Mice were anesthetized with sodium pentobarbital and decapitated. The ankle joints were frozen with liquid nitrogen, crushed, and lysed in RIPA buffer. Mouse FLS and macrophages were washed with PBS and lysed in RIPA buffer. Conditioned media from FLS were concentrated using an Amicon Ultra-50k and 10k centrifugal filters (Millipore). Denatured lysates and concentrated conditioned media were separated by SDS-PAGE and transferred to polyvinylidene difluoride membranes. The membranes were immunoblotted with anti-CypA, anti-CD147, anti-glyceraldehyde 3-phosphate dehydrogenase (GAPDH) (EPITOMICS) and anti-β-actin (IMGENEX) antibodies. Immunoblots were then exposed to peroxidase-conjugated secondary antibodies and visualized using a SuperSignal West Femto Maximum Sensitivity Substrate (Thermo Fisher Scientific).
Values are expressed as the mean ± S.E.M. Statistical analysis was performed using a Student’s t test or one way analysis of variance followed by Dunnett’s post hoc test. The differences between the means were considered to be significant at P < 0.05.
Results and discussion
Immunoblotting and immunohistochemical analysis showed that CypA was highly expressed in the joints of CIA mice compared with control mice (Figure 1a and b, respectively). This finding is consistent with a report of Damsker et al. ; these support the clinical evidence that elevated levels of extracellular CypA have been found in the synovial fluids of RA patients . To investigate whether FLS isolated from CIA mice secreted CypA, the conditioned media were obtained from FLS cultures and analyzed by western blotting (Figure 1c). FLS isolated from CIA mice were found to secrete CypA. CypA enhances the secretion of MMP-2 and MMP-9, cell invasion, and production of inflammatory cytokines in monocytes . These findings suggest that increased CypA in the synovial fluid may have a role in RA development.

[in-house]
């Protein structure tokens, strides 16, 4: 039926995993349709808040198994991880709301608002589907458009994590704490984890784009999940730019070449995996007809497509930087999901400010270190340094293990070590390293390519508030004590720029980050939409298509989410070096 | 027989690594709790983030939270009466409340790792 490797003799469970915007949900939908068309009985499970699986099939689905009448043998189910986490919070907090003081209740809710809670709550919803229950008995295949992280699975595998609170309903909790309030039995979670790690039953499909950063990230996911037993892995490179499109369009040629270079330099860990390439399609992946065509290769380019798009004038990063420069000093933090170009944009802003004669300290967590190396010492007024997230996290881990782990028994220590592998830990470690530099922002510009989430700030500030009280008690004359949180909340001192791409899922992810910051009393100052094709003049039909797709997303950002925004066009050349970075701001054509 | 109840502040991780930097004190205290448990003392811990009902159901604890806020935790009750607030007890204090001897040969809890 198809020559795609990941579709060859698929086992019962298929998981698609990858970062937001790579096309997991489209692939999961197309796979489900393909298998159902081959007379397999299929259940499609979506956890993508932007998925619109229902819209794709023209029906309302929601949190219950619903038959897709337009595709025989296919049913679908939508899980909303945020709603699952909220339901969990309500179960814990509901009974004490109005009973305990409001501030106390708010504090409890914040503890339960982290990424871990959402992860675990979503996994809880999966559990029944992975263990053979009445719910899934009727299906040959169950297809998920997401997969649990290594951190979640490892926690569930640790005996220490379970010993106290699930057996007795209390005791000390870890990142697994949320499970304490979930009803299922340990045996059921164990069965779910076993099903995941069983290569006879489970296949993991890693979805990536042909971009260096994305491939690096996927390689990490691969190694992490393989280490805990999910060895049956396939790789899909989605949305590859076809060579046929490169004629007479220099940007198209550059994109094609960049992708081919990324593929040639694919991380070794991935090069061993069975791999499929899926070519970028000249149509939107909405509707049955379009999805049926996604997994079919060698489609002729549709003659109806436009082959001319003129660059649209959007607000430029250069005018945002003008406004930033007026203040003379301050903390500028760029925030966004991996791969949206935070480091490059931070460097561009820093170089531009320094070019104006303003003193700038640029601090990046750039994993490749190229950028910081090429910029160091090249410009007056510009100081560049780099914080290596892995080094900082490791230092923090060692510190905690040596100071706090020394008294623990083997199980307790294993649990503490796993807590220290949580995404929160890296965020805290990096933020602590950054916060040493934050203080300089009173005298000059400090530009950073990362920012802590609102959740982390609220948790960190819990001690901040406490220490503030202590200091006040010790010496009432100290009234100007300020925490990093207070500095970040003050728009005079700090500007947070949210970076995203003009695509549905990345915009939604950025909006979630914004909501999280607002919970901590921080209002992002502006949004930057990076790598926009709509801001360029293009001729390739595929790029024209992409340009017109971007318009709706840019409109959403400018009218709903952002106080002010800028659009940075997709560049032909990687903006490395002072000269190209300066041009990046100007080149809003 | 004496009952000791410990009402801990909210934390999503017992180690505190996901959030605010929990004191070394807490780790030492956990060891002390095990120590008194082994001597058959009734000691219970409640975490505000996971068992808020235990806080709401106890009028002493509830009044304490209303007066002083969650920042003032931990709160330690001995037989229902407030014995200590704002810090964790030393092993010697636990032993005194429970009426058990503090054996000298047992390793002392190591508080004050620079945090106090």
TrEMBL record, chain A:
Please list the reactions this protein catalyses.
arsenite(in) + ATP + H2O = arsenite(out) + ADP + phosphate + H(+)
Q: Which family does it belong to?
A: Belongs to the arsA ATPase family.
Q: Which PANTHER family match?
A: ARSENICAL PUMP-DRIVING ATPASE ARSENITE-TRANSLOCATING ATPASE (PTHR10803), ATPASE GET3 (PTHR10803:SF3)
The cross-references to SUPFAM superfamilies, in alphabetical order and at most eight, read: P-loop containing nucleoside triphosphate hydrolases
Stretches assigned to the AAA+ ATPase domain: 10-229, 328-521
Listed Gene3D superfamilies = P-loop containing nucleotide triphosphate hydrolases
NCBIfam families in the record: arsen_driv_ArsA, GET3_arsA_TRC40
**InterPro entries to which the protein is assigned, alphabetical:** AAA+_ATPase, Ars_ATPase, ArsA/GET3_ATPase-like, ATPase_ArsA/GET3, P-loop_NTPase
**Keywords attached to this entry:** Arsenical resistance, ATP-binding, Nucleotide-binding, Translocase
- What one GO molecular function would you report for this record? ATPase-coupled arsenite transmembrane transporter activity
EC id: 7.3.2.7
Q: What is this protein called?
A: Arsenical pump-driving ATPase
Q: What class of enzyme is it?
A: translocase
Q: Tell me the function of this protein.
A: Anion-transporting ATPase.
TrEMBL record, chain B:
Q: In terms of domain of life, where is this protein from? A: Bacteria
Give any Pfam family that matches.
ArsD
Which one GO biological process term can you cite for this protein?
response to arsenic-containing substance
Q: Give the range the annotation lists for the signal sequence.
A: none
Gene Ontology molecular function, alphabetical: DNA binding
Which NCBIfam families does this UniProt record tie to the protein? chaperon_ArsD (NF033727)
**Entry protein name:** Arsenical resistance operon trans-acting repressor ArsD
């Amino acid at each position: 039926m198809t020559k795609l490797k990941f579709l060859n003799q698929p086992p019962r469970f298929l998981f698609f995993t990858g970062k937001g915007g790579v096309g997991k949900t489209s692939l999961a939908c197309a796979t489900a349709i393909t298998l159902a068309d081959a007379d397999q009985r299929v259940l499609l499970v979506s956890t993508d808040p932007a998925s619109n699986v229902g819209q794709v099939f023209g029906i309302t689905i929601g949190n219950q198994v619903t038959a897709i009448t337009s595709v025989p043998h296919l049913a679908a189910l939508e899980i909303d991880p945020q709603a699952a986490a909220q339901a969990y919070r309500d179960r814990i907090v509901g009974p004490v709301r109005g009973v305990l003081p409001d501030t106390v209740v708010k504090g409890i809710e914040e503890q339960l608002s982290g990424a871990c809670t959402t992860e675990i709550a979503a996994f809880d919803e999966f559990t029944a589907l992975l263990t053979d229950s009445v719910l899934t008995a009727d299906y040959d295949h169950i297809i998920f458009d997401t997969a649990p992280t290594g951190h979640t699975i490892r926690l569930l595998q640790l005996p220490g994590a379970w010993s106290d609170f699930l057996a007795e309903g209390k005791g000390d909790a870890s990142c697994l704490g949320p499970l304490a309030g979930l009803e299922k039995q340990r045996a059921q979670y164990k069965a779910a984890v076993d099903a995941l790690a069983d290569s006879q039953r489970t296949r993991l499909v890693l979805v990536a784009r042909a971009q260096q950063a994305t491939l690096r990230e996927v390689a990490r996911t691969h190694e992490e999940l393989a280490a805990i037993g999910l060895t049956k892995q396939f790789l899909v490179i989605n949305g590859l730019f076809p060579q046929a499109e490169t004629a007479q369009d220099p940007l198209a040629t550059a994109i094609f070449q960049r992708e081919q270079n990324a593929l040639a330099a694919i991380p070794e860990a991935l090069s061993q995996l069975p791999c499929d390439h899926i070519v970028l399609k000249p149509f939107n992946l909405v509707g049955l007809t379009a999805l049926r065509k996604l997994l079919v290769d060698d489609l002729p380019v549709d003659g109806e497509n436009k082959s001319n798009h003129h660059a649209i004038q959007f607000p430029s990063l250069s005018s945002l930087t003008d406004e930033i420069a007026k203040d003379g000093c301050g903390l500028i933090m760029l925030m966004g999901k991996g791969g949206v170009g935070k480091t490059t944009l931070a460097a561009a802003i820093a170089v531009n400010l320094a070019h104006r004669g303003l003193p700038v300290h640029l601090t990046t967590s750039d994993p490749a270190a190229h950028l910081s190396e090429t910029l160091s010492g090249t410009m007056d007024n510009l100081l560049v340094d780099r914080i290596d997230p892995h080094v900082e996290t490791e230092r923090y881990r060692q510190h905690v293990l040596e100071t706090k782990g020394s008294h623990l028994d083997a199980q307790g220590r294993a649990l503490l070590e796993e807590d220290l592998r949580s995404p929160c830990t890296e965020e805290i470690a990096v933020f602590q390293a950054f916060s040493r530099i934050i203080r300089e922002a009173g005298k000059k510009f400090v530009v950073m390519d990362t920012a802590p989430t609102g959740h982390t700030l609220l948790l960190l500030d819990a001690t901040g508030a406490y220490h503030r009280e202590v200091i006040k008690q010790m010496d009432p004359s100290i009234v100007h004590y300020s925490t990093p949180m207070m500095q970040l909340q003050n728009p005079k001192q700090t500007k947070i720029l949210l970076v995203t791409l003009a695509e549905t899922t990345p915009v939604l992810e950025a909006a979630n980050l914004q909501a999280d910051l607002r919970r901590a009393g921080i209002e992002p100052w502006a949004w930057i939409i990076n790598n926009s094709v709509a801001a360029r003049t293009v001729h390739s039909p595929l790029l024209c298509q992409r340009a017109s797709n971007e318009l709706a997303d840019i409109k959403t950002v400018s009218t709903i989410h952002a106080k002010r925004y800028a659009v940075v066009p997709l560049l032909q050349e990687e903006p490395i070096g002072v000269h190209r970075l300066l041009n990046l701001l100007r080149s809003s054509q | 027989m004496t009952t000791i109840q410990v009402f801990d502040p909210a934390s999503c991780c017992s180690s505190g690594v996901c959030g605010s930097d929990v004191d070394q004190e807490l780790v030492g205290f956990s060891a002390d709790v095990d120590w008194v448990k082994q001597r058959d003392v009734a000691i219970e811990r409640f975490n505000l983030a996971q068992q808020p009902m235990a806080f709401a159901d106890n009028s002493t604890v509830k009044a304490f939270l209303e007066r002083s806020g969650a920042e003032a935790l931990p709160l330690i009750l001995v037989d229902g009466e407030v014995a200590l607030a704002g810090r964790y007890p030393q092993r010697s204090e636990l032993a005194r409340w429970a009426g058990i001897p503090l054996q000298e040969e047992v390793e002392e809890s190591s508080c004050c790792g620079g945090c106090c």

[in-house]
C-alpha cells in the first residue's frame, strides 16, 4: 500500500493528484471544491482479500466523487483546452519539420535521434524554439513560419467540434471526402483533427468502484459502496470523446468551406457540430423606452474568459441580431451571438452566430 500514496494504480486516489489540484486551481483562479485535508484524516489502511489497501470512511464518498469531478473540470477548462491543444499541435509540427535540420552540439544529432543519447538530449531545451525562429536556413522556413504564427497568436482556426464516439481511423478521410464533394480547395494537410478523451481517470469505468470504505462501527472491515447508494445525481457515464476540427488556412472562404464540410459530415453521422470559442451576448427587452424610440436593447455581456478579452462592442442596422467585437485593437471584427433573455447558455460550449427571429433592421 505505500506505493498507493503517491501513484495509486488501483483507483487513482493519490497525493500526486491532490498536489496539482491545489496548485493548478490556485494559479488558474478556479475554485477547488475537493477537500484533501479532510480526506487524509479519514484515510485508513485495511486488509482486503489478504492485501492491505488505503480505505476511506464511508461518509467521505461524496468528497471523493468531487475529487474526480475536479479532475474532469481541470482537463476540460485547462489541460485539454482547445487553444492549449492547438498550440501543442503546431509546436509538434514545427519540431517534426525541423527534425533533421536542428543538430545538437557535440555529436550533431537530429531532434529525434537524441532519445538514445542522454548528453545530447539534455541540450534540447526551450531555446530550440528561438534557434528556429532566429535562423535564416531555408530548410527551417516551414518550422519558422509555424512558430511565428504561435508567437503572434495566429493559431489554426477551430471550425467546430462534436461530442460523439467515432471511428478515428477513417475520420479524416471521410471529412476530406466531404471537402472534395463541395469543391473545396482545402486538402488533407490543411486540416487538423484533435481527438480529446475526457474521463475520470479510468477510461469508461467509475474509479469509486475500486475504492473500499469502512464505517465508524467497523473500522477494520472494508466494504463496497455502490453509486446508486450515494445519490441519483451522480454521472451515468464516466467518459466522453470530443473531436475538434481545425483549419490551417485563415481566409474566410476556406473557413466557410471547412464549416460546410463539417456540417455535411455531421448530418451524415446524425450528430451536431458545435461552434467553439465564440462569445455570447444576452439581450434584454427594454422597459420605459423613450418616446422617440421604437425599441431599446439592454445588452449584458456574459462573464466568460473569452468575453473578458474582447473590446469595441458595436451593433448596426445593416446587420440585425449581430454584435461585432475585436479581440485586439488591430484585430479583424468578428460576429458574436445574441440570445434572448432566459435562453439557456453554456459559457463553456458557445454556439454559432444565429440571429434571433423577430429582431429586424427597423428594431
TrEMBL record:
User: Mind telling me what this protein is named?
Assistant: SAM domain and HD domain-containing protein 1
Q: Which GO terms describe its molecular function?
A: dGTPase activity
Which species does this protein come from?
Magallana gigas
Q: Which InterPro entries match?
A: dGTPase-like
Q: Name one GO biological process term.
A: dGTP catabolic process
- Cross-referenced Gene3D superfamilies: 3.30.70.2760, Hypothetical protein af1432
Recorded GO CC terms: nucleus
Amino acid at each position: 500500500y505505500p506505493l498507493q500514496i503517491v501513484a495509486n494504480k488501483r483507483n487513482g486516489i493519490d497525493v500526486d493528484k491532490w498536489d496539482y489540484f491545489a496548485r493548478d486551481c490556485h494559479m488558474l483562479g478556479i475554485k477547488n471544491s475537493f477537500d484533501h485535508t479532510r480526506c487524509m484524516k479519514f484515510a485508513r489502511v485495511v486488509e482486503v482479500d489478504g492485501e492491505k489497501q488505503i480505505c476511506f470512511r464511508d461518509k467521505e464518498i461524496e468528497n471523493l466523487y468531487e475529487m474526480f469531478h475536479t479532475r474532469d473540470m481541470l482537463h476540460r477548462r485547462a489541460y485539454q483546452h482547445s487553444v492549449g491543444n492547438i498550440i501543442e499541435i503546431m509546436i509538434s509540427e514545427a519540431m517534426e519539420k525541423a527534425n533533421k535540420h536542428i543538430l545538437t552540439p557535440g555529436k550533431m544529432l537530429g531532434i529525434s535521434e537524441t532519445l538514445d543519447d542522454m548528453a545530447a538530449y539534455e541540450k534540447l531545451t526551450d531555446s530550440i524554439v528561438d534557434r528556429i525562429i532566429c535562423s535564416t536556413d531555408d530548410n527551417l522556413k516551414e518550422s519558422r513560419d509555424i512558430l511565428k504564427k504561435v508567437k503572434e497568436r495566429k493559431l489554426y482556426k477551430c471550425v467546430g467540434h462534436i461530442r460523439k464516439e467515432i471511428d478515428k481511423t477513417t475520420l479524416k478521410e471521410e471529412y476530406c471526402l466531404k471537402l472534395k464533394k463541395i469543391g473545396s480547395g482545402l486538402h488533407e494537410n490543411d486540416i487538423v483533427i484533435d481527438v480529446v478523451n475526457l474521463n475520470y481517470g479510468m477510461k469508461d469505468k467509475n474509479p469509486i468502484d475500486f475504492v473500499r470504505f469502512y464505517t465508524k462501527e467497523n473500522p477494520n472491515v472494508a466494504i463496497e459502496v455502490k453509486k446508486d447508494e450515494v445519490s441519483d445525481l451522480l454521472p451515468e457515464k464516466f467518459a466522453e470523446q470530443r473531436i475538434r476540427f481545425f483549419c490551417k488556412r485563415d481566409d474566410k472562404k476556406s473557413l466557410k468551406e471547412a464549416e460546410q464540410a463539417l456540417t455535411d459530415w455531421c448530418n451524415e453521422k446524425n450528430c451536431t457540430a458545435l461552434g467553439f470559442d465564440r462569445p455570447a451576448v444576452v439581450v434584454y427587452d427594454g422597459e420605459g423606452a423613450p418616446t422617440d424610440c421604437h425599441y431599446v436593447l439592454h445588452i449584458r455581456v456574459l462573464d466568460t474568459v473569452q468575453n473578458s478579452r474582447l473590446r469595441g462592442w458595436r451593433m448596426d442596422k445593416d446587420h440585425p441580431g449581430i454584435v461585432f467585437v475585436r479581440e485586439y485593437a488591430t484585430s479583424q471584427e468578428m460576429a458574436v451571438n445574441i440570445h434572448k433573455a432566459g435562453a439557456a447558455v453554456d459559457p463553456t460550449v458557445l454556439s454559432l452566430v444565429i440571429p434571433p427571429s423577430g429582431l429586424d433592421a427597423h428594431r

When FLS were stimulated with lipopolysaccharide (LPS), CypA secretion was significantly increased to 170.5 ± 46.2% of control FLS (vehicle). LPS had no effect on the intracellular levels of CypA in FLS (Figure 1d). Toll-like receptor 4 (TLR4), a receptor for LPS, is highly expressed in the synovial tissue of RA patients . Mice defective in Tlr4 are protected from experimental arthritis , and TLR4 inhibitors ameliorate destructive arthritis in mice . Furthermore, endogenous TLR4 ligands, including heat shock proteins, tenascin-C, and S100 proteins, are expressed in the rheumatoid joints [20–22]. These findings suggest that endogenous TLR4 ligands may stimulate FLS to secrete CypA in CIA mice.
Bovine type II collagen
Dulbecco’s modified Eagle’s medium
Glyceraldehyde 3-phosphate dehydrogenase
Minimum Essential Medium
This work was supported in part by Grants-in-Aid for Scientific Research [to Y. K. (C) 22590255], Grants-in-Aid for Young Scientists [to T.N. (B) 23790311, to T.W. (B) 22790178] from the Japan Society for the Promotion of Science, the Japan Rheumatism Foundation and funds (No.:116007, No.:121502) from the Central Research Institute of Fukuoka University.